Luther Ingram (November 30, 1937 – March 19, 2007) was an American R&B and soul singer and songwriter. His most successful record, "(If Loving You Is Wrong) I Don't Want to Be Right", reached no. 1 on the Billboard R&B chart and no. 3 on the Hot 100 in 1972.
Born Luther Thomas Ingram in Jackson, Tennessee, he spent the majority of his adolescence in Alton, IL, launching his singing career in a group featuring his siblings. As a teen he also began writing songs, and later ventured out as a solo act, most notably opening for Ike Turner in East St. Louis. Ingram eventually migrated to New York City, where according to legend he briefly roomed with a then-unknown Jimi Hendrix.
In 1965 he signed to Decca and cut his debut single, "You Never Miss Your Water," followed by a cover of Jamo Thomas' "(I Spy) For the FBI" on Smash. After little-heard efforts for indies Hurdy-Gurdy ("Run for Your Life") and HIB (the instrumental "Exus Trek"), Ingram relocated to Memphis, signing to producer Jimmy Baylor's fledgling KoKo label. Initial efforts like the 1967 single "I Can't Stop" and the next year's "Missing You" failed to generate much interest, but when Baylor negotiated a distribution deal with Stax Records in 1969, Ingram's fortunes improved dramatically. Later that same year he scored his first R&B Top 20 hit with "My Honey and Me."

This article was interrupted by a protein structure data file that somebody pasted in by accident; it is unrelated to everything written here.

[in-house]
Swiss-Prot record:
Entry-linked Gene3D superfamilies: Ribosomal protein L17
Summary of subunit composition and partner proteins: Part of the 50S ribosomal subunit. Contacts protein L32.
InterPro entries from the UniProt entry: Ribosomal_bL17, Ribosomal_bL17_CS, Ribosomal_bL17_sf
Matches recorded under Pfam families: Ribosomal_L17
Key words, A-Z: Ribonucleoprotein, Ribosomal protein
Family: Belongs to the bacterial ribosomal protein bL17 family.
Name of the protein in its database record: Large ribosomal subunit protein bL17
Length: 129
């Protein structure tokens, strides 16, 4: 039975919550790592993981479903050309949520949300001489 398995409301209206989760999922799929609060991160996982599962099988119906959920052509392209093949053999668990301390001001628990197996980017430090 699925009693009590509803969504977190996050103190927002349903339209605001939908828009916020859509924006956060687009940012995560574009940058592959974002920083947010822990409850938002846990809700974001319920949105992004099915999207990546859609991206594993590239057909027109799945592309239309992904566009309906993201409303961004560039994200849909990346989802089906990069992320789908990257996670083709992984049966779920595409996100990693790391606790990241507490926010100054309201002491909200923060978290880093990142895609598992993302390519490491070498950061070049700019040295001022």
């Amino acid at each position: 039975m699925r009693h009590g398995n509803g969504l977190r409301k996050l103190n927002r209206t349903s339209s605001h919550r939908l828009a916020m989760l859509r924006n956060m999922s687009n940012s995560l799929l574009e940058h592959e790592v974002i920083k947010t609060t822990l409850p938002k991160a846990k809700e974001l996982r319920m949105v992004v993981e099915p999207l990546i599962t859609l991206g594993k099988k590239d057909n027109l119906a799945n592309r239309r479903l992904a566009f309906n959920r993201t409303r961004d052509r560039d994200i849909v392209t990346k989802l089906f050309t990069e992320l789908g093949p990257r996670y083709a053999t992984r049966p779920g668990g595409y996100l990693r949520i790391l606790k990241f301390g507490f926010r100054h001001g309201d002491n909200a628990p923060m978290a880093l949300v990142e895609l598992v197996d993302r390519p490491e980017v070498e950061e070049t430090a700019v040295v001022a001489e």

Other popular tracks for Ingram included "Ain't That Loving You (For More Reasons Than One)", "Let's Steal Away To The Hideaway" and "I'll Be Your Shelter." He also co-authored "Respect Yourself", a million seller for the Staples Singers in 1971. The acetate demo version of Ingram's, "Exus Trek", became a sought after Northern soul track. With the Stax connections, Ingram recorded at the Memphis label's studios, as well as other southern-based studios such as Muscle Shoals. He was opening act for Isaac Hayes for some years, and often used Hayes' Movement band and female backing group for his 1970s recordings. He recorded into the 1980s, and whilst only managing lower R&B chart hits, he remained a popular stage draw.
Ingram died on March 19, 2007, at a Belleville, Illinois, hospital of heart failure. According to his wife Jacqui Ingram, he had suffered for years from diabetes, kidney disease and partial blindness. (Info edited from Wikipedia & All Music)